This article opened up a worldwide discussion and testaments of living.

 Below I included a few of the comments, which were more authentic than the article.

 
LOS ANGELES — LAST week, the celebrity gossip site TMZ posted pictures of Justin Bieber in a wheelchair. He was not at a hospital. He was at Disneyland. As everyone knows, Disney patrons in wheelchairs get to cut to the front of the lines. But as a dispute flared over whether this was Mr. Bieber’s intent, becoming a trending topic on Twitter, one fact remained unassailable: I was there first.

One of the great perks of being in a wheelchair — as I have been since age 4 — is being able to cut lines. Sometimes people let you go ahead of them at the grocery store. Sometimes theater and sports arena box offices give you discount tickets. When I was a kid, I often got backstage passes. In short, you get to take advantage of others’ pity — or at least their desire to keep things simple and not cause a scene. You get treated like a V.I.P. You get treated like Justin Bieber, except without the screaming fans.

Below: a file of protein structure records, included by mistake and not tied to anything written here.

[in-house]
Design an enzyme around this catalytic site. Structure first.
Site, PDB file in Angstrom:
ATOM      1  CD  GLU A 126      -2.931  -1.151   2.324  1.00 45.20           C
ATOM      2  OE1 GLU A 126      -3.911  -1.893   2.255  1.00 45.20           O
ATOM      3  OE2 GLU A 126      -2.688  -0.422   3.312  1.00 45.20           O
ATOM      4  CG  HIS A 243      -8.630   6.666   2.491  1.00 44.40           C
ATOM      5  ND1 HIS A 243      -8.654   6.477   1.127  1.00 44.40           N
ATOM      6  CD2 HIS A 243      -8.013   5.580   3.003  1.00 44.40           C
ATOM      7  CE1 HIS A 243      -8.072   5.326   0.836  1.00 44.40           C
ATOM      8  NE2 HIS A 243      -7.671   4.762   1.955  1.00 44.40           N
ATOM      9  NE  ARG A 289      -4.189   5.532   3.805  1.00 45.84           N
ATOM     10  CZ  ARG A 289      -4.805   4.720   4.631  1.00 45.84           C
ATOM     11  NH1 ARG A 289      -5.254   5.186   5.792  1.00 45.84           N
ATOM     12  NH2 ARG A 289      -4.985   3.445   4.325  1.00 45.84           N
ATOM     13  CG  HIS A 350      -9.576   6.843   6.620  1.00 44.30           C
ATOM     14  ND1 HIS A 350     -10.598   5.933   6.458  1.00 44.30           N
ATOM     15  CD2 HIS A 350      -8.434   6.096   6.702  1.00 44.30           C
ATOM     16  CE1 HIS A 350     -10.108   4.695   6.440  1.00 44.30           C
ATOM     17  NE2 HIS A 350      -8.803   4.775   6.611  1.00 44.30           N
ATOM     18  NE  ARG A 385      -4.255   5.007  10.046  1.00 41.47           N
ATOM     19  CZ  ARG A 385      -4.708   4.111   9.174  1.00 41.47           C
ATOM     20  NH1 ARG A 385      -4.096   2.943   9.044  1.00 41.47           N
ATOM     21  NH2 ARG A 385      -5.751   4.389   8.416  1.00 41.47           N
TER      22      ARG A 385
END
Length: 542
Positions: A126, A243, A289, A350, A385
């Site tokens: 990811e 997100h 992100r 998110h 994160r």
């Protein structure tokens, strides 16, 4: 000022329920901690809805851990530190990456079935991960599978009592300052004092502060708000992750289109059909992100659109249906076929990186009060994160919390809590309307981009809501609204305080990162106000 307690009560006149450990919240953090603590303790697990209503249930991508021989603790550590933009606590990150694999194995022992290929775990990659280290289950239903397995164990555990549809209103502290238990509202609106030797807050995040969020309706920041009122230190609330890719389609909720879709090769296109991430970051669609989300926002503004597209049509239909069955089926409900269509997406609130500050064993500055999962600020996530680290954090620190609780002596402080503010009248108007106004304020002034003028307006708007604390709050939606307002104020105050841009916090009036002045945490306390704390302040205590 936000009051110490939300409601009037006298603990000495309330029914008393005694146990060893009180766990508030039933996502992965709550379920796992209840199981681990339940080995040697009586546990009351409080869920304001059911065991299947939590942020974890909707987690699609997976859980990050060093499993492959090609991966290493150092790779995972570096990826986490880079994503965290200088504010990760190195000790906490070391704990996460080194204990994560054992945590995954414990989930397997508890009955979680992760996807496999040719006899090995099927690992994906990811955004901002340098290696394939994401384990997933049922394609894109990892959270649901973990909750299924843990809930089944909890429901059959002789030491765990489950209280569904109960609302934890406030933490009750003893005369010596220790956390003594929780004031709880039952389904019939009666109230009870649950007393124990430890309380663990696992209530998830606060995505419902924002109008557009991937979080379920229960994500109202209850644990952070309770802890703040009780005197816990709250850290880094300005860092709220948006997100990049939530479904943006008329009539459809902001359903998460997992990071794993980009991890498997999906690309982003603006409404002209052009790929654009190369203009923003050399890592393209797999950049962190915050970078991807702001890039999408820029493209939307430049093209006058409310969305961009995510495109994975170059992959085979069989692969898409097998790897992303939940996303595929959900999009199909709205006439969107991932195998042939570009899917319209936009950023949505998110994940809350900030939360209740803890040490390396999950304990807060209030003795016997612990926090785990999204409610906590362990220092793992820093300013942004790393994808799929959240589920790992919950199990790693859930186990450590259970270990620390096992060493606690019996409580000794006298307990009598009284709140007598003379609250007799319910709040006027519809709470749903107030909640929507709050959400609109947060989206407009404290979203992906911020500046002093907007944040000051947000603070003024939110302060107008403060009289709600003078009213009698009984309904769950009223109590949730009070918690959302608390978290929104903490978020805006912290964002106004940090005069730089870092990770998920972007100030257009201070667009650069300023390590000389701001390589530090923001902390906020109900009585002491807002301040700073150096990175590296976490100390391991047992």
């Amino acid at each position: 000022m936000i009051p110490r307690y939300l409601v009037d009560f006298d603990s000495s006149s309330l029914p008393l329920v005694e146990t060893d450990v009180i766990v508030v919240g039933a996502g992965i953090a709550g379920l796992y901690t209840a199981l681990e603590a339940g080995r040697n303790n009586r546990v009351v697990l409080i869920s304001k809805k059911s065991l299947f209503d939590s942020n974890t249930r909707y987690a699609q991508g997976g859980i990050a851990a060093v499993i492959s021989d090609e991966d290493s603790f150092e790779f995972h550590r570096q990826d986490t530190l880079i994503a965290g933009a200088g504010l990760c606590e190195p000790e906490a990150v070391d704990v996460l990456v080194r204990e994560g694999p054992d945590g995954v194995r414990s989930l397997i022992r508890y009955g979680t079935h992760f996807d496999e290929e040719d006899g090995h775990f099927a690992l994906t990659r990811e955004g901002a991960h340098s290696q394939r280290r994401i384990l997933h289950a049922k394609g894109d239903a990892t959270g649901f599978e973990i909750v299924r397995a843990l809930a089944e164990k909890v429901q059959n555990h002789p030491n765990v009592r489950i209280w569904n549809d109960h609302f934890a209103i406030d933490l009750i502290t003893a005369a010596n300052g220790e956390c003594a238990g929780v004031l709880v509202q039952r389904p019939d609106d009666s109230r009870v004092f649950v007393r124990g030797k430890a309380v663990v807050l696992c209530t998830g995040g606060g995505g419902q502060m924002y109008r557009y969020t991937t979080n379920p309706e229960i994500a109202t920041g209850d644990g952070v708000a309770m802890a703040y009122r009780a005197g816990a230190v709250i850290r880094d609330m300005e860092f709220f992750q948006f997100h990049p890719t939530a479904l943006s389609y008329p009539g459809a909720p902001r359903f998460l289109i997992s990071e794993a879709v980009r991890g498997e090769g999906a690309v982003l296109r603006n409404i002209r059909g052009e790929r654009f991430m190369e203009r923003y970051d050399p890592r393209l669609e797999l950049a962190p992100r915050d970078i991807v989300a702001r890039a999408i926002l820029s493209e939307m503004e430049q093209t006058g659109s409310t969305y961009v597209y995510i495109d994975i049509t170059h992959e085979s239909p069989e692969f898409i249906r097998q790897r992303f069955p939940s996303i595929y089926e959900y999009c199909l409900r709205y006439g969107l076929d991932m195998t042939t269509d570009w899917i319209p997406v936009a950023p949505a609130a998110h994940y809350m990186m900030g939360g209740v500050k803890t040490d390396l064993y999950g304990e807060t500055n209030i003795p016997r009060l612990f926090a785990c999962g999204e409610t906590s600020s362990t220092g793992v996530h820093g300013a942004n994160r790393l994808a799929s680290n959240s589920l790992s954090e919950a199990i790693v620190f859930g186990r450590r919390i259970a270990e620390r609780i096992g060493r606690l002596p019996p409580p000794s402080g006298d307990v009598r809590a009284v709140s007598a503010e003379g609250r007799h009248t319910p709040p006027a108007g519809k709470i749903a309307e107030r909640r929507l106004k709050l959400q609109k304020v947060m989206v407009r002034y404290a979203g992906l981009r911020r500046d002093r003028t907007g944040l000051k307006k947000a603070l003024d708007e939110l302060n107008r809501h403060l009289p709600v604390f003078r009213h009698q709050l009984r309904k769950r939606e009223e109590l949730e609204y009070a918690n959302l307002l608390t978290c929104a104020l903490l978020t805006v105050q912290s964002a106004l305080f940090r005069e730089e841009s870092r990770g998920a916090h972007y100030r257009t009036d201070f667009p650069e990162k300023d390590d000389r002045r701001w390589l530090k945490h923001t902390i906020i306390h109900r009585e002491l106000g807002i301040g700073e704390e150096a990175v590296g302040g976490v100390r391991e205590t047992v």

The teen heartthrob’s publicists said that he was just resting an injured knee, not trying to pretend he was, well, like me. But I prefer to think otherwise. After all, they also acknowledged that even without the wheelchair, he would still get to circumvent the endless queues, to avert a riot. The point is that he was not afraid to be seen in a wheelchair, which, to me, is a point for my team.

I’ve never pretended to be in a wheelchair to curry favor, of course, but I’ve often felt that I can play the disability card for all it’s worth. I have, I confess, used it to hustle my kids through Disney lines, even though I knew full well that I wasn’t actually going to get on the ride myself.

Besides, sometimes you can’t help it. People offer you stuff. Strangers smile at you, give you a thumbs-up, pat you on the shoulder and say, “Good for you for being outside today!” (I can never quite decide whether that’s complimentary or condescending — or both.)

The mantra of disability rights is “no pity.” Yet the truth is, taking advantage of one’s disability — or rather, of other people’s solicitousness — is one of the true joys of life on wheels. When I was a kid, before equal-access laws attempted to level the playing field, I often got into movies free. I never asked for it, but I never refused it either. “I’ll just stay in my wheelchair,” I sometimes said, as if it were a consolation for not taking an actual seat from a paying customer. (Still, I had my limits. When sweet old ladies offered to buy me candy or a cookie, it was decidedly creepy. I never once said yes.)